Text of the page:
The 50 30 20 Rule

According to the 50/30/20 rule, 50% of your income should go toward things you need, 30% toward things you want, and 20% toward savings and debt repayment.

You might initially have to adjust your budget until you can align with this recommendation. Use our free monthly budget template below to ensure that your monthly budget is set and spent according to the recommendations.

50 30 20 Budget

Our free monthly budget sheet will show you how much you should be spending and how much you should be saving. It will also help you divide your expenses between necessities and things you want.

The 50 30 20 Rule

What is the 50 30 20 rule?

The 50/30/20 rule helps you divide your monthly after-tax income into three categories: needs (50%), wants (20%), and savings or paying off debts (20%).
When you keep your expenses balanced according to these guidelines, it helps you stay on track without spending too much time allocating your budget. It ensures that you are saving enough and not spending too much.

The problem with complicated budgets is that people often stop using them when they are too time-consuming or too complicated. The 50-30-20 budget rule is a simple alternative that offers a quick solution to control your monthly budget and reach your financial goals.
You might need to adjust the percentages based on your personal situation.

What is the origin of the 50/30/20 rule?

The 50/30/20 rule originated in the book “All Your Worth: The Ultimate Lifetime Money Plan,” written by US Senator Elizabeth Warren and her daughter (Amelia Warren Tyagi).

50 30 20 Calculator

Use this 50/30/20 rule calculator to calculate how much money you should spend each month on needs and wants and how much you should save.

The 50 30 20 Rule

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How to use the 50/30/20 rule calculator

1. Calculate your after-tax income

In order to use the 50/30/20 calculator, you need to know how much you earn after taxes. That is basically your take-home pay unless certain expenses such as health care or retirement pavements are automatically deducted from your paycheck.

  • If you are an employee, your after-tax income will be the amount that you receive each month after your employer deducts taxes. If certain payments such as health insurance, retirement plan, or pension funds are deduced then add them to the income and make a note of the amounts to add to the needs (health insurance) and savings (pension funds).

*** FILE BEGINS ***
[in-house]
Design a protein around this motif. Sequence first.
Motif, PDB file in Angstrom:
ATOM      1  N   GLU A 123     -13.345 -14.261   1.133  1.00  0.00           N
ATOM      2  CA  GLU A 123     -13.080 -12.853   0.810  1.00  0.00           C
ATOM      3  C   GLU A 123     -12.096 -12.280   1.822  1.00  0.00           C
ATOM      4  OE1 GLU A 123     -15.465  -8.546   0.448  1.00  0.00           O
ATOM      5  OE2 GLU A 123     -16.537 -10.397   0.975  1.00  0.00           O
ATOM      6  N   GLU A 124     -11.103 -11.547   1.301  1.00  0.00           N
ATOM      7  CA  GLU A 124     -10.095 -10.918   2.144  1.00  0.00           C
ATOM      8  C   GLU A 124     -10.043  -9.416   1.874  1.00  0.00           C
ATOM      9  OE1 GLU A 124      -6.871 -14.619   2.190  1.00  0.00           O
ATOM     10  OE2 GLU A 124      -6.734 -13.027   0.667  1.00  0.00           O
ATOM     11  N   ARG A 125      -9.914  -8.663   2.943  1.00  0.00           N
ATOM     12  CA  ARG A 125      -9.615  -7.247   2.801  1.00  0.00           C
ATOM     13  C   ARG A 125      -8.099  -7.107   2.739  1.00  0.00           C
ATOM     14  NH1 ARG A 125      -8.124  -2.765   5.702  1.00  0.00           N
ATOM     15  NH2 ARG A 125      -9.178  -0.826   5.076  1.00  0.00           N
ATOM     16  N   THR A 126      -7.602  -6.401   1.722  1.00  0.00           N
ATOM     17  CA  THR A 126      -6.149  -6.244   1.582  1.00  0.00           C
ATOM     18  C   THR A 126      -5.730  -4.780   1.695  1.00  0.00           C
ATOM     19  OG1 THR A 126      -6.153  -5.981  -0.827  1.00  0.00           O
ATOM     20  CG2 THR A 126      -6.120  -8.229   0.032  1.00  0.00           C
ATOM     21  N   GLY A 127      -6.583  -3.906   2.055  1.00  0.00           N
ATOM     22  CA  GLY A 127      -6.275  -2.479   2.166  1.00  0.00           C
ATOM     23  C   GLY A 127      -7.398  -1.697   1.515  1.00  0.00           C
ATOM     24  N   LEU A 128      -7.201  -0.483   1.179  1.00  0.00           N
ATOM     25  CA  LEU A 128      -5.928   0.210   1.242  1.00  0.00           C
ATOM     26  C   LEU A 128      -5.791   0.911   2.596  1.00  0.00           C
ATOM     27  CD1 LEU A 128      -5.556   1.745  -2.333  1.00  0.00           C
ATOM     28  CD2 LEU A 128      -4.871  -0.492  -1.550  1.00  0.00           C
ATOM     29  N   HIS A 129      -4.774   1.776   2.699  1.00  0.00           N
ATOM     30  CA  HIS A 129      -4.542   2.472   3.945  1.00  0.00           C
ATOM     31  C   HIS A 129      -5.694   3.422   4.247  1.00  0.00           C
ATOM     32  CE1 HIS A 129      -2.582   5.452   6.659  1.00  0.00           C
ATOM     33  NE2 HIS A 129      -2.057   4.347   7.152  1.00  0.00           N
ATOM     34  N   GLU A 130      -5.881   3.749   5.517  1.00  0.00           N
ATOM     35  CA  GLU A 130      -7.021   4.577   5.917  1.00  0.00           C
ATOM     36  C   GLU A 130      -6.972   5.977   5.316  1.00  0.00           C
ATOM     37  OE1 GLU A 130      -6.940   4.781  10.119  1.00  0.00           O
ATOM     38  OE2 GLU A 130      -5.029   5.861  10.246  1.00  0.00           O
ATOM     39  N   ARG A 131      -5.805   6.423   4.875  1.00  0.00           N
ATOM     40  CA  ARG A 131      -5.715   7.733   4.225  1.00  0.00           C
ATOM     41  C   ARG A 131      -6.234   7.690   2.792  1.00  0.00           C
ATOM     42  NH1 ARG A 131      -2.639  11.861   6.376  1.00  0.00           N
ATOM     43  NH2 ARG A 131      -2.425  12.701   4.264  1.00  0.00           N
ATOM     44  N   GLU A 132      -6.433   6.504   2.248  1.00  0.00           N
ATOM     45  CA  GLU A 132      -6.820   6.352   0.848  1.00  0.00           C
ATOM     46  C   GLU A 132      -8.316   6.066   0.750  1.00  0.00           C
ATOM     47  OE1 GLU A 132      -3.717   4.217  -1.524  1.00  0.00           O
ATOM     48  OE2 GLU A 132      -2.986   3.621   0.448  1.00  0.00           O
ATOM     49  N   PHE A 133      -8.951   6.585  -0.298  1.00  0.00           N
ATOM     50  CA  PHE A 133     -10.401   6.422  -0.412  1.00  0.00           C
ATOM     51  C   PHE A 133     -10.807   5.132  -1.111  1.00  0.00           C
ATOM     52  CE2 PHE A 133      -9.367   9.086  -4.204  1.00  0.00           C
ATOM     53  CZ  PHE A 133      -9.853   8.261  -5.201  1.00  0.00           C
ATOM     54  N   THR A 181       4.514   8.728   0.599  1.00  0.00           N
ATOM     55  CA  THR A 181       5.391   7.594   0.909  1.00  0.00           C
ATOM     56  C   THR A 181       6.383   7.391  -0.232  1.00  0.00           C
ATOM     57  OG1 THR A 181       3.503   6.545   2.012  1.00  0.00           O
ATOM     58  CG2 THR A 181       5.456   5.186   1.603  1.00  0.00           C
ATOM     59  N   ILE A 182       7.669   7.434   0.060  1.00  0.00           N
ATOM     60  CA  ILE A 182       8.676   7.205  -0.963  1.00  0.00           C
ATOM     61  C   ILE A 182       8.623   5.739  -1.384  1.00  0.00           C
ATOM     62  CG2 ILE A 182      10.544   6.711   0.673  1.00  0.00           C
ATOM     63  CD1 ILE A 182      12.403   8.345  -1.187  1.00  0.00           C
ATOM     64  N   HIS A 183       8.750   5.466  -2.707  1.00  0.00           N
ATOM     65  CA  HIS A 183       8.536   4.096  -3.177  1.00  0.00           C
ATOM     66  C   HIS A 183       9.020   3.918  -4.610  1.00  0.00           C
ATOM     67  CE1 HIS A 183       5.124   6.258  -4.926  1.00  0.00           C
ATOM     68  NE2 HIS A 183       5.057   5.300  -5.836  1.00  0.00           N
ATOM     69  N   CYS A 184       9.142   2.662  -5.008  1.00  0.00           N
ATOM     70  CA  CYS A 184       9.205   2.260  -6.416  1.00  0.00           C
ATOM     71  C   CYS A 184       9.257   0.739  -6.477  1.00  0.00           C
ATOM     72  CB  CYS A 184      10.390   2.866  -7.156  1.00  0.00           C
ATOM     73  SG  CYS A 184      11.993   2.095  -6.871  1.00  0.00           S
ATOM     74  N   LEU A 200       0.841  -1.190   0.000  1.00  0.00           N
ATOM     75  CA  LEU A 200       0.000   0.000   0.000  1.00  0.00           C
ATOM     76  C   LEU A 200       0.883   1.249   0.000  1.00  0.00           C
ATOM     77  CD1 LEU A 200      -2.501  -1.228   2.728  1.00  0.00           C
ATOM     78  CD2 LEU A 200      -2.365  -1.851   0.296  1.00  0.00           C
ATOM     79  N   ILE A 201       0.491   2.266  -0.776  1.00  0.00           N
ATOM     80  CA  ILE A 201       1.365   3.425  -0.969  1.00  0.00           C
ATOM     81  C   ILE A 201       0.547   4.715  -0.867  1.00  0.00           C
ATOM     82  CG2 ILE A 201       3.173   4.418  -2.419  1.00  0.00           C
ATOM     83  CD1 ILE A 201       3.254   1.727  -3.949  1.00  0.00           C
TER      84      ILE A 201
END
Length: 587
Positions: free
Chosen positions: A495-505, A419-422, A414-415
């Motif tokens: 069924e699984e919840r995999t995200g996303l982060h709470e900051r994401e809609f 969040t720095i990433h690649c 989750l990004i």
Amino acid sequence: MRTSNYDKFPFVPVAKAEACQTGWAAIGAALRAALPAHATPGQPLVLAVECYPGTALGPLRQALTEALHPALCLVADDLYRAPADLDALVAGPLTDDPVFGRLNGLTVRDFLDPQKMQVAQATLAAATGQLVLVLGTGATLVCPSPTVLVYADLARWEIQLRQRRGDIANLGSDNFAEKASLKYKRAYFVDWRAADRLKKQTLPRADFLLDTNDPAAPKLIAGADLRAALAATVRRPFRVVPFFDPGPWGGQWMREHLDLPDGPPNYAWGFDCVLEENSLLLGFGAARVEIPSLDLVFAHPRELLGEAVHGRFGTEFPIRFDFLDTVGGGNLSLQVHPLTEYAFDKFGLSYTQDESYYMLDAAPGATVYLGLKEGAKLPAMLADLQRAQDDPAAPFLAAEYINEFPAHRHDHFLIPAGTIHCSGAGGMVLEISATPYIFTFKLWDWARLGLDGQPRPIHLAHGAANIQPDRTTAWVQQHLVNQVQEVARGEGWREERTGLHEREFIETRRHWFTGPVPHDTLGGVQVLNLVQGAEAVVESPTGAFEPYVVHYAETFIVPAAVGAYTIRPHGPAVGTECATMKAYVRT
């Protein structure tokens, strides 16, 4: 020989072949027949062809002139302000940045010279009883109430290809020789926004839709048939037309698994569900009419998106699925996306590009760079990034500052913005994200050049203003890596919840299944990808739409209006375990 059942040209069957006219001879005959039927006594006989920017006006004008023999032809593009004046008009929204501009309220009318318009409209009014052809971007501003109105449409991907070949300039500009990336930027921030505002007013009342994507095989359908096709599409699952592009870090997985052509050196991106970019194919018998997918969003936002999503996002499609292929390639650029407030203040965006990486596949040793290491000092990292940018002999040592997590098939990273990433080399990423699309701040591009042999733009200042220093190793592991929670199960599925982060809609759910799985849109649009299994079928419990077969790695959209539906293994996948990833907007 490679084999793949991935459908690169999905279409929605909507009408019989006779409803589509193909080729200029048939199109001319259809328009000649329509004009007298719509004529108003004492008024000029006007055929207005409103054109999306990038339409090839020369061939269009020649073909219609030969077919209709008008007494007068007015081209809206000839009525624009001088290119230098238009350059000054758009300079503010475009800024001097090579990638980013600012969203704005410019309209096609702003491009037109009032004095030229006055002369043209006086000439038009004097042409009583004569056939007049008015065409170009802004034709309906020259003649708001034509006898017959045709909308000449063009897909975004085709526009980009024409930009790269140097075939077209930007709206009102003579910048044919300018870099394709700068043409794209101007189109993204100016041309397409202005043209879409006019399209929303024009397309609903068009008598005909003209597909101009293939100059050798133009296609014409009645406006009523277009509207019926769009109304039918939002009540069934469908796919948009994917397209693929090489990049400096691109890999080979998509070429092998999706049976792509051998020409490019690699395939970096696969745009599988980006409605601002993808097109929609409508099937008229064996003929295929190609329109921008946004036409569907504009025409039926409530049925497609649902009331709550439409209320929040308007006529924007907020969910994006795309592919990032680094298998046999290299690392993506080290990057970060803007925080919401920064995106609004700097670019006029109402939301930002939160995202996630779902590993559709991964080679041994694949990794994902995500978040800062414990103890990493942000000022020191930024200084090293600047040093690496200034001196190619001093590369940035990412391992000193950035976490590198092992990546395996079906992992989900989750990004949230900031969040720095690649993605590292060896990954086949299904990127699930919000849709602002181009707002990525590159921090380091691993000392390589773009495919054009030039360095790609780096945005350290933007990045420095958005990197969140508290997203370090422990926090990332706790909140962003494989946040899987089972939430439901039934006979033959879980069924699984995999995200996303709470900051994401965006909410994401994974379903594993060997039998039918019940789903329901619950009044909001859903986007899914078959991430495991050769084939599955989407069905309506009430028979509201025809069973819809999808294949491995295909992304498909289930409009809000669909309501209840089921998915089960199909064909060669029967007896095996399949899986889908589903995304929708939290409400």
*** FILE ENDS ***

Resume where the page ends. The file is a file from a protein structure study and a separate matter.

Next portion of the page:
• If you are a business owner, then deduct your business expenses and taxes from your income.

2. Divide your expenses and spending into three categories:

The budgeting worksheets below will help you divide your expenses and spending into three categories.

Needs – 50%

Needs are necessities or things that you cannot easily live without, such as monthly rent or mortgage payments, minimum load repayments, food, transportation, car payments,  insurance, and utility bills (electricity, gas, internet).
If your needs add up to more than 50% of your after-tax income, try to bring your expenses down.

Wants – 30%

Wants are things that you want but don’t actually need such as vacations, hobbies, entertainment (such as Netflix, movies, concerts, cable TV), dining out, non-essential groceries, new clothes, gym membership, and non-essential expenses.
In order to know if something is a need or a want, ask yourself if you could live without it. If the answer is yes, then it is probably a “want”.

Savings and/or paying off debts – 20%

This category includes things such as retirement savings, rainy-day funds, college funds, debt payments, emergency funds, or payments for a house.
In order to ensure you devote this part of your income to savings or debt payments, it is best to automate these payments. Set up a savings account or a retirement account and set up automatic payments each month.

50 30 20 Budget

The following 50/30/20 budget spreadsheet will calculate how much you should allocate to each category and the actual vs budgeted expenses each month.

50 30 20 Budget

How to Calculate your 50 30 20 Budget

Using the 50/20/30 Budget Calculator:

Use the 50-30-20 rule calculator above to calculate how much money should be allocated to each section. You will need to enter your after-tax income into the 50 30 20 rule calculator to calculate this.

Using the 50 30 20 Budgeting Spreadsheet:

You can also use the 50 20 30 budget template below to calculate the allocation.

50 30 20 Spreadsheet

How to Create a 50/30/20 Budget Template Google Sheets
  1. Click on the button above to open the 50 30 20 spreadsheet.
  2. Save the spreadsheet file on your PC.
  3. Open Google Sheets.
  4. Open the Excel file. It will be converted to Google Sheets.

50 30 20 Budgeting

  1. Once you have calculated your target budgets (see above), you need to compare your expenses to see if they are aligned with these allocations. Use our free printable budget worksheet to align your budget with this rule.
  2. Divide your expenses into needs, wants, and savings and record them in the expense tracker.
  3. Calculate the total for needs, wants, and savings. If you use the 50 30 20 spreadsheet, then it will calculate the totals for you.
  4. Compare the total for needs, wants and savings to the total you were supposed to reach.
  5. If your wants or needs categories are higher than they should be then you will need to check your expenses and see where you can cut down.
  6. The first place to cut down is from your wants category.
  7. If your savings do not reach the 20% minimum then you will need to cut down on your wants until you reach the 20% minimum for savings.

50 30 20 Spreadsheet

If you want to calculate your expenses without sticking to the 50-20-30 rule then check out our selection of free expense tracker templates to track your expenses.